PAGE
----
Top French civilian honour for Indian
Bikas Sanyal, who is the director of Maison de l'Inde or India House in Paris, has been honoured by the French government with its highest civilian award, the Legion d'Honneur.
The award, 'Chevalier de l'Ordre de la Légion d'Honneur' was bestowed on Sanyal on behalf of the French president by Jacques Friedmann, former minister and the Grand Officier of the Légion d'Honneur, in the presence of Indian ambassador Ranjan Mathai.
At the investiture ceremony, Friedmann heaped lavish praise on Sanyal for his contribution to the field of education during his long tenure with the UNESCO.
Friedmann said the French government's decision to honour Sanyal was another sign of the desire of the government to reinforce the friendly relations between the two countries and two ancient civilizations that France and India represent.
Since 2000, Sanyal has been at the head of the Maison de l'Inde that serves as a home away from home for young Indian students who come to Paris for education.
He revived the Maison de l'Inde, which was heavily indebted when he took charge. He wiped off the debt, undertook renovation and expansion and also converted it into the quasi-official Indian Cultural Centre in Paris, with the active participation of his writer wife, Priti, who doubles up as the honorary cultural attache of the Maison de l'Inde.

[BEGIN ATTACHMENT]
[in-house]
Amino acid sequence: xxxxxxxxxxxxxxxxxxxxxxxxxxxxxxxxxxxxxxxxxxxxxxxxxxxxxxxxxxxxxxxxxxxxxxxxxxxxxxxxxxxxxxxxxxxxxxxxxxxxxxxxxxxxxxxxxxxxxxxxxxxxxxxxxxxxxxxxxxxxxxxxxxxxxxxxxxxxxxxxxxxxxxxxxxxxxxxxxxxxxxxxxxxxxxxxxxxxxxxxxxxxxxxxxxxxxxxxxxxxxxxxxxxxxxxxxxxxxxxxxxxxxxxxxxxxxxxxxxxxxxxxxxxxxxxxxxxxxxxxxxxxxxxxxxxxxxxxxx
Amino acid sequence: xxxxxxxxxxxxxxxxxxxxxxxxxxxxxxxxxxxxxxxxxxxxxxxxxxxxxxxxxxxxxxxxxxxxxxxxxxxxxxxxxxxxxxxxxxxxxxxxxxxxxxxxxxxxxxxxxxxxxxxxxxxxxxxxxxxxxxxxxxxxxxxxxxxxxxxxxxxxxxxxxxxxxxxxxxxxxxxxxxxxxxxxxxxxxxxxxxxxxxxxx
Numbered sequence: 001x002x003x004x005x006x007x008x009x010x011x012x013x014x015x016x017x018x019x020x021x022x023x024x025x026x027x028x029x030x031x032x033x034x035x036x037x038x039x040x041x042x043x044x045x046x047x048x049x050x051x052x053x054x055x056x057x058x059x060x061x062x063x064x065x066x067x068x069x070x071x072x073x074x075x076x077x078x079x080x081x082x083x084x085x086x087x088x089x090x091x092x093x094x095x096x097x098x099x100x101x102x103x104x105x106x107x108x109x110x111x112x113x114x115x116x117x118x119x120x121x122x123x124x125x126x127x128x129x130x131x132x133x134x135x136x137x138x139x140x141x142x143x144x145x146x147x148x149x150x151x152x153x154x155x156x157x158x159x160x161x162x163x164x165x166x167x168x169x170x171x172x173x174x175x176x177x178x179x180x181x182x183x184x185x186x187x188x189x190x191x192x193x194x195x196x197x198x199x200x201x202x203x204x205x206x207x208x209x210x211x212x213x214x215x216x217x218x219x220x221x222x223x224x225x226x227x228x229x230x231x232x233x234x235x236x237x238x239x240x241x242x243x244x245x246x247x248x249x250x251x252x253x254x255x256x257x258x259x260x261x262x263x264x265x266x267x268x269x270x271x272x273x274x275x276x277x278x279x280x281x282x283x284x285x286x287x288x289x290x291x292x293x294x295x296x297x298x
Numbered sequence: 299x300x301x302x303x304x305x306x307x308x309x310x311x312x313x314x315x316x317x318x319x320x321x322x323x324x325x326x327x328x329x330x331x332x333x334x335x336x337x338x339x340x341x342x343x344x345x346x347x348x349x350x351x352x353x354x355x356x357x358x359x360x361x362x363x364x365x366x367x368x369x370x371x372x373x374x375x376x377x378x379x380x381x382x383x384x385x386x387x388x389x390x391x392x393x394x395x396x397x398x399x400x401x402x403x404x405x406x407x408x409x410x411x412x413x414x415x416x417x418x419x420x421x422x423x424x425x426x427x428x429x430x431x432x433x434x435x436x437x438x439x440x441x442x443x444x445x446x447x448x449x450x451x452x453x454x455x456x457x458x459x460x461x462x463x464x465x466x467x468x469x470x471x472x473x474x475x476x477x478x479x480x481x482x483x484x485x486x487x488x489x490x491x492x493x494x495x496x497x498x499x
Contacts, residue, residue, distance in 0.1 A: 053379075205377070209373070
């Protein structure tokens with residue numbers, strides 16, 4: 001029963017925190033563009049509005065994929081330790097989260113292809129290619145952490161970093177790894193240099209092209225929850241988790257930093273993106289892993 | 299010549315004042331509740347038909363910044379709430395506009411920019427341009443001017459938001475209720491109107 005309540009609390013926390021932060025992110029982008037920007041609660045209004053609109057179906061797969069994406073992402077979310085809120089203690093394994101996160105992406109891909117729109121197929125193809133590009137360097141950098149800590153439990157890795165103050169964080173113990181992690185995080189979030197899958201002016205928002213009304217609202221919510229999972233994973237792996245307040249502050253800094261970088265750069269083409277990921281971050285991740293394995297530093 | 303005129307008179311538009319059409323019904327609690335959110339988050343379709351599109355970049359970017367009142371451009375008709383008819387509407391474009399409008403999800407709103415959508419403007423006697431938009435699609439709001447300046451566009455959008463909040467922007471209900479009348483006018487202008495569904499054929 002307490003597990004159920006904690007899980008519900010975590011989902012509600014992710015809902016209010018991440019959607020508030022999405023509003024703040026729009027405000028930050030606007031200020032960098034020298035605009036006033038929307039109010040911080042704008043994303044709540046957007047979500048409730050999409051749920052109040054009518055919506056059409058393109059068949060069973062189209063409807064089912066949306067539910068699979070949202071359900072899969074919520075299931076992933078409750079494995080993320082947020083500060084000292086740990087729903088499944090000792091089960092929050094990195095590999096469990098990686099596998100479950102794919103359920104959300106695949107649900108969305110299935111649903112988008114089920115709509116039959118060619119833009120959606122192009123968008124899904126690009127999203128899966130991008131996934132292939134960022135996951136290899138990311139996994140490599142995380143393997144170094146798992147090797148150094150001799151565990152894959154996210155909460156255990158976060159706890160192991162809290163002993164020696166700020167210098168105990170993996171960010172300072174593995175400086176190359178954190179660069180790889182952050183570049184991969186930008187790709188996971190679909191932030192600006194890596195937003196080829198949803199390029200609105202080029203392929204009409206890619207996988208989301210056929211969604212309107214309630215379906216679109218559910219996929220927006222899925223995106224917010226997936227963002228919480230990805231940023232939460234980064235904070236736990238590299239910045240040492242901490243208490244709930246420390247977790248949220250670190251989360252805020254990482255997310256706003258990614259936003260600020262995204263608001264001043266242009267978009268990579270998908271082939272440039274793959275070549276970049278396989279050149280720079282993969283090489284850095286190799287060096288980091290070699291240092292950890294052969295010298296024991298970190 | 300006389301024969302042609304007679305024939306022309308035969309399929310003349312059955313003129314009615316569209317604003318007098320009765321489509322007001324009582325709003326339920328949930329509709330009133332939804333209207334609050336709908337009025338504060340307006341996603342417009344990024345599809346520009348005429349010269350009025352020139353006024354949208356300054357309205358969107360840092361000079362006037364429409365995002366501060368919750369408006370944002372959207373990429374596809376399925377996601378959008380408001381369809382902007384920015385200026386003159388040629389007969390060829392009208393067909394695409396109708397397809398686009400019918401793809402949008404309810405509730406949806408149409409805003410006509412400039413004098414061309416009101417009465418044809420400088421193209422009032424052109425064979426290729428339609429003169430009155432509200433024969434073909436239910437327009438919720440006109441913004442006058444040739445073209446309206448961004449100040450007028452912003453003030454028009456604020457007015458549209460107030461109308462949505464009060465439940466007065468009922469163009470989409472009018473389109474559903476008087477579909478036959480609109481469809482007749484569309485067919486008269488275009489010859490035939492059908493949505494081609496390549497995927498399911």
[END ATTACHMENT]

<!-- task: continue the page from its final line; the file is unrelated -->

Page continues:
As an officer of the International Institute of Education Planning (IIEP) at the UNESCO, Sanyal was responsible for developing the educational infrastructure of the newly independent countries of the world.
During his tenure at the IIEP, Sanyal travelled to 75 countries around the world where he helped in building education infrastructure. He has also written nearly 40 books and a large number of articles on policies, planning and management of higher education.
His latest book, 'Innovations in Management of Universities', was published by UNESCO and translated into many languages.
Born on Jan 15, 1938 in what is now called Bangladesh, Sanyal moved to Kolkata in 1949 to continue his studies.
After a brilliant academic career both in India and United States he joined the State University of Iowa in 1966 as an associate professor in 1968.